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Loan Requirements For First Time Home Owners

Updated on May 24, 2013

Home ownership is a big step, and just like other life accomplishments, it's important that you educate yourself so you can discover all the big and little surprises before they discover you.

So you're looking to buy your first home and you need to know what goes into it. This article will cover the basics about taking out a mortgage and purchasing a home.

Few can afford to buy a home outright. This reality has led to the practice of borrowing money from a bank to finance buying a home. The loan you borrow from a bank is called a mortgage. A mortgage agreement entails that the bank basically buys the home in your name. The bank will own your home until you have finished paying your mortgage, and can repossess it if you miss your payments.

Before you even decide what home you want to buy you'll want to look into the different programs offered by different banks. Each bank will have its own loan requirements and pay back rates. They may also have various fees, and pay back options. Who you have to deal with when negotiating your loan may also be important to you and you'll want to look into the customer service reputations of each bank. There are also new financing options becoming available. After the recent economic troubles, a good portion of the population has ceased to rely on banks. Loaning communities have become popular. An applicant will make an appeal for a loan. The loan is then financed by a number of private loaners, each paying a small amount, if the loan application is approved by the loaning community.

No matter who you choose to borrow money from, you'll want to put as much money down upfront as possible. This means you'll want to pay for as much of your house all at once as you can possibly manage. This will mean that you will have less money to pay back, your monthly bill will be lower, and it will affect the interest rate on your loan. You'll want to put down 10%-40% of the cost of your home. An average down payment is 20%. This means, if you have $5,000, you should be looking for a home that costs $25,000. Depending on what bank you choose to borrow from, they may have a certain percentage of the cost of your home that you have to put down.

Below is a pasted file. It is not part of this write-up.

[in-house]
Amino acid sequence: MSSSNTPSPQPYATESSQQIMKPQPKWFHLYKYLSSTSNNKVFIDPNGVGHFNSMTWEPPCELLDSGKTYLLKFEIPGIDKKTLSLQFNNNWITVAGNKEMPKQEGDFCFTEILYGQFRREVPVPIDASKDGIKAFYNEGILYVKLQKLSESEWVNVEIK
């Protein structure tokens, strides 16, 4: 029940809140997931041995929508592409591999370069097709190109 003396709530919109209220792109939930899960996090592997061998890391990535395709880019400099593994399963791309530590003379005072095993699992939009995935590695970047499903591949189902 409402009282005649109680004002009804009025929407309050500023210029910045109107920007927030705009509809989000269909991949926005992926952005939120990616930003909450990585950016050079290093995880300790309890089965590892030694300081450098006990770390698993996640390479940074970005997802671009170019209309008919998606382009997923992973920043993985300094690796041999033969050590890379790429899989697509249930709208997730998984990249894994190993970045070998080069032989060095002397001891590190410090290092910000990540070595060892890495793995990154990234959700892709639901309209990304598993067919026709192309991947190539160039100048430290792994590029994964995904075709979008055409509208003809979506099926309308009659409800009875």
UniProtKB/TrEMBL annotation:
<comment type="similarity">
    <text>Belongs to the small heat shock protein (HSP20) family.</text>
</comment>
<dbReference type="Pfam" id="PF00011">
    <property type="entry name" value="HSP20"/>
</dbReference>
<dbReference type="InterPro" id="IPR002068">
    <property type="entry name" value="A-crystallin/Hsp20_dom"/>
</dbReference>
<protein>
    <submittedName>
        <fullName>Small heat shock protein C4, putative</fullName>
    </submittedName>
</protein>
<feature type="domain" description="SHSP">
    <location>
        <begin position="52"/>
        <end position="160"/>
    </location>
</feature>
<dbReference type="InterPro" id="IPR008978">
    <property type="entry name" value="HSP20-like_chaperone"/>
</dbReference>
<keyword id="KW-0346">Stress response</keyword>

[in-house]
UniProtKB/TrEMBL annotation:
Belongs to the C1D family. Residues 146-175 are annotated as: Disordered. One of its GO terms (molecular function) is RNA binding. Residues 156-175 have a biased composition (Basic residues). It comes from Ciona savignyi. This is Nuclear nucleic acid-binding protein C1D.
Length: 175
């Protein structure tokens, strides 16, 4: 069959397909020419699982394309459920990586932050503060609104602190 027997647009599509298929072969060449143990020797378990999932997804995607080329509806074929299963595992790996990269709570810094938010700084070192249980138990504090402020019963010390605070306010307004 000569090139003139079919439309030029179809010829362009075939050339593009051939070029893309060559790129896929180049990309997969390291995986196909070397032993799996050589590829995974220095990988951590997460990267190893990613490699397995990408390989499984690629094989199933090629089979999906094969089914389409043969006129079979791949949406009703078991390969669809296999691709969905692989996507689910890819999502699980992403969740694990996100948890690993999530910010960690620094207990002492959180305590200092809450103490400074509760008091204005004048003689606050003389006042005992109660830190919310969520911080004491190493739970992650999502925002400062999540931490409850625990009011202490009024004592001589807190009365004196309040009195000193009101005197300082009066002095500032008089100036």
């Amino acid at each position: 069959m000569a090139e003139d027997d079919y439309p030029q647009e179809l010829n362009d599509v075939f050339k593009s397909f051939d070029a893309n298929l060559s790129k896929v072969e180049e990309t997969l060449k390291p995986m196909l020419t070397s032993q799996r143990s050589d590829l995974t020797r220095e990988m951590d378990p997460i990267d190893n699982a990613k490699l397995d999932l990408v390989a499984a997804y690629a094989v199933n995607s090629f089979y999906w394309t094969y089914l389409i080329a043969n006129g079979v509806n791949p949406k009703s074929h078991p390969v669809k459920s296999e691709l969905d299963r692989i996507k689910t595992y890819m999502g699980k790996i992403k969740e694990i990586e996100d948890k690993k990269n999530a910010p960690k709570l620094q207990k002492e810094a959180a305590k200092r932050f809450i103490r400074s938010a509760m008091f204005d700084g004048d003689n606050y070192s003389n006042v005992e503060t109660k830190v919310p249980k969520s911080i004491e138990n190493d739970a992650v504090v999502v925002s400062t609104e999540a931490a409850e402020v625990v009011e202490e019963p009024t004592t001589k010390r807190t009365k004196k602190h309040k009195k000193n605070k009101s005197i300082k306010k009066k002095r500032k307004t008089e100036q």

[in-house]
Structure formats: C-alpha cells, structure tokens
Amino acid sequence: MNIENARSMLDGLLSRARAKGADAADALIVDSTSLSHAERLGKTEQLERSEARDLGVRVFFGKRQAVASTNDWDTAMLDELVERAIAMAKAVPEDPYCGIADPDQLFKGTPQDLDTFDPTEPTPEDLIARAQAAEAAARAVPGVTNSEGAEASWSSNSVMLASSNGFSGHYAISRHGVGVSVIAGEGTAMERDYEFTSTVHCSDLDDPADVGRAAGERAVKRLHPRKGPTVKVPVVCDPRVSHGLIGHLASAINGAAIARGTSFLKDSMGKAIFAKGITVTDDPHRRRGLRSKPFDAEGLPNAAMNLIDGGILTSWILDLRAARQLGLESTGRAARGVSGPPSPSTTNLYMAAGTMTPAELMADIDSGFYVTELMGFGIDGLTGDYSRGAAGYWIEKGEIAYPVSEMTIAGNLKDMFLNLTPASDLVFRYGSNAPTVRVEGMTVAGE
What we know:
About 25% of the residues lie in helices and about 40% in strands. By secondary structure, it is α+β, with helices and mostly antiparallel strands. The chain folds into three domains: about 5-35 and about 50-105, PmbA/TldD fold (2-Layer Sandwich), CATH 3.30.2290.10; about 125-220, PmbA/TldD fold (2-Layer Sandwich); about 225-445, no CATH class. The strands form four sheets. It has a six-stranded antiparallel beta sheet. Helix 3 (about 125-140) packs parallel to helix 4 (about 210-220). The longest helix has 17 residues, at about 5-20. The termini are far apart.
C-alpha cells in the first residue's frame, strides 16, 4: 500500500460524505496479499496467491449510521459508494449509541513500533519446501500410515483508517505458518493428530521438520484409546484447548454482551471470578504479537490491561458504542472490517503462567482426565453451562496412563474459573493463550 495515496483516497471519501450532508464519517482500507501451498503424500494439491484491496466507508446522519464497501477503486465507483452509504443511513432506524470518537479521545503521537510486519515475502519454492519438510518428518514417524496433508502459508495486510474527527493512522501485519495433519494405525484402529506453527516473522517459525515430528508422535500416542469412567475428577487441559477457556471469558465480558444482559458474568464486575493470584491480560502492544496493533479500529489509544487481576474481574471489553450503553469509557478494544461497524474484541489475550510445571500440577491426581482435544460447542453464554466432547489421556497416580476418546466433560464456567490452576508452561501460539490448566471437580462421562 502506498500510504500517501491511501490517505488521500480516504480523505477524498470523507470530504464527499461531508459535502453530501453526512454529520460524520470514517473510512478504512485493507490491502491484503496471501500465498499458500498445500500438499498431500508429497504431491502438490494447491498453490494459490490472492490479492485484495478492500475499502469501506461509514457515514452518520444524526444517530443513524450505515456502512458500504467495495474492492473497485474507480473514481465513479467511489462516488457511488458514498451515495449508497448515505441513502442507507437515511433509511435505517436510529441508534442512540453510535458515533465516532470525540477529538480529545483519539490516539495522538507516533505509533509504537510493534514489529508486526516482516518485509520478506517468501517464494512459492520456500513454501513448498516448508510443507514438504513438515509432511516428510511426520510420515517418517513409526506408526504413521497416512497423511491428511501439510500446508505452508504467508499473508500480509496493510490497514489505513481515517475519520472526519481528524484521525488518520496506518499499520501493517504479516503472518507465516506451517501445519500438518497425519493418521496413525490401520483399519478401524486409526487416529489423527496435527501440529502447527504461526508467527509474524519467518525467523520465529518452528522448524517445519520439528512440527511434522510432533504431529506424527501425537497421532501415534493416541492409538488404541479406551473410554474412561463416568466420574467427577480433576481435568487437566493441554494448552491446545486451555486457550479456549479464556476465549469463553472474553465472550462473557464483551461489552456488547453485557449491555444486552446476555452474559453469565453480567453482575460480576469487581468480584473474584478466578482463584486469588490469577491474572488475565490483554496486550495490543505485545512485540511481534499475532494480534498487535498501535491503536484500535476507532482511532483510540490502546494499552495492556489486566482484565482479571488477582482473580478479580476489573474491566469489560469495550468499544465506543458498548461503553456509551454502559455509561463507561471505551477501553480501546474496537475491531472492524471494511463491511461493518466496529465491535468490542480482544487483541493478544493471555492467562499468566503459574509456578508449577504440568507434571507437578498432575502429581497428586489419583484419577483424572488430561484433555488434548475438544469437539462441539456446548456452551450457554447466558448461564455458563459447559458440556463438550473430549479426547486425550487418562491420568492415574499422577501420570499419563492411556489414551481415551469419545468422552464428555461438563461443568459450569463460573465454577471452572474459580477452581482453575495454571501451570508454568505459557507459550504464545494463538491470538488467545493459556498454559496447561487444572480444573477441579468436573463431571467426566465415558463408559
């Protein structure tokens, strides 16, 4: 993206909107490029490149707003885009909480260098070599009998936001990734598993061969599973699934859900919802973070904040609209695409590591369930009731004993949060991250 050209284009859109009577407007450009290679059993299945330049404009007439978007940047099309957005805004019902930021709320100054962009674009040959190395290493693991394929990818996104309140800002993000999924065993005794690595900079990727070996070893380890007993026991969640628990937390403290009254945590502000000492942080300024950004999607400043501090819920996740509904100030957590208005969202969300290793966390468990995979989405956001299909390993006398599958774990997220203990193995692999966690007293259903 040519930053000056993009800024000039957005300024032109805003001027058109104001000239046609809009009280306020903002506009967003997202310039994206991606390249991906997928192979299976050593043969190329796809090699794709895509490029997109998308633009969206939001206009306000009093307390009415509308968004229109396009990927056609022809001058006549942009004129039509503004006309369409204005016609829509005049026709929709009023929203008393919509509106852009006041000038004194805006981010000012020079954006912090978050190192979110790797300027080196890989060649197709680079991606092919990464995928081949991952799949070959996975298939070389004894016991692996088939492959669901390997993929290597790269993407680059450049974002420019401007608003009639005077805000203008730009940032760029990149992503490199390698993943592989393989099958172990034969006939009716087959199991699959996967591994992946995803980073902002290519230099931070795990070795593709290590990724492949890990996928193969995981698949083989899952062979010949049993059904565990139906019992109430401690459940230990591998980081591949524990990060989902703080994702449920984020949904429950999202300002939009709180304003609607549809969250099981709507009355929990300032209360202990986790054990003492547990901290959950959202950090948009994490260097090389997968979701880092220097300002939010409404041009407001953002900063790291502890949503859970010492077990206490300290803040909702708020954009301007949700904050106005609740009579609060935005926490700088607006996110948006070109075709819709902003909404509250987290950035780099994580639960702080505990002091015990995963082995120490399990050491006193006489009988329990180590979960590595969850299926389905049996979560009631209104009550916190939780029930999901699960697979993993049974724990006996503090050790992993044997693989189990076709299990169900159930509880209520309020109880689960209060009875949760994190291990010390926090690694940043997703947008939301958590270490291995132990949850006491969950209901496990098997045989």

The next consideration is your loan period. There are 15 and 30 year mortgages. Which one you choose will determine your monthly payments. If you get a 30 year mortgage then you will have lower monthly payments, but the bank will own your house longer. You will also end up paying more interest over the long run. A 15 year mortgage will get you out of the bank's shadow quicker, but the monthly payments will be higher and so the risk will be higher. Remember that missing payments will put you in danger of losing your house.

Lastly, you're going to want to try to be as debt-free as possible. The lower your debt, the lower your interest rate will be. You'll want to aim to be under $1000 in debt when you apply for your loan. Many people have student loans on their records and that will be counted against you when the bank calculates your interest rate. If your debt is too large, you may want to consider co-signing or buying a home in your spouse's name.

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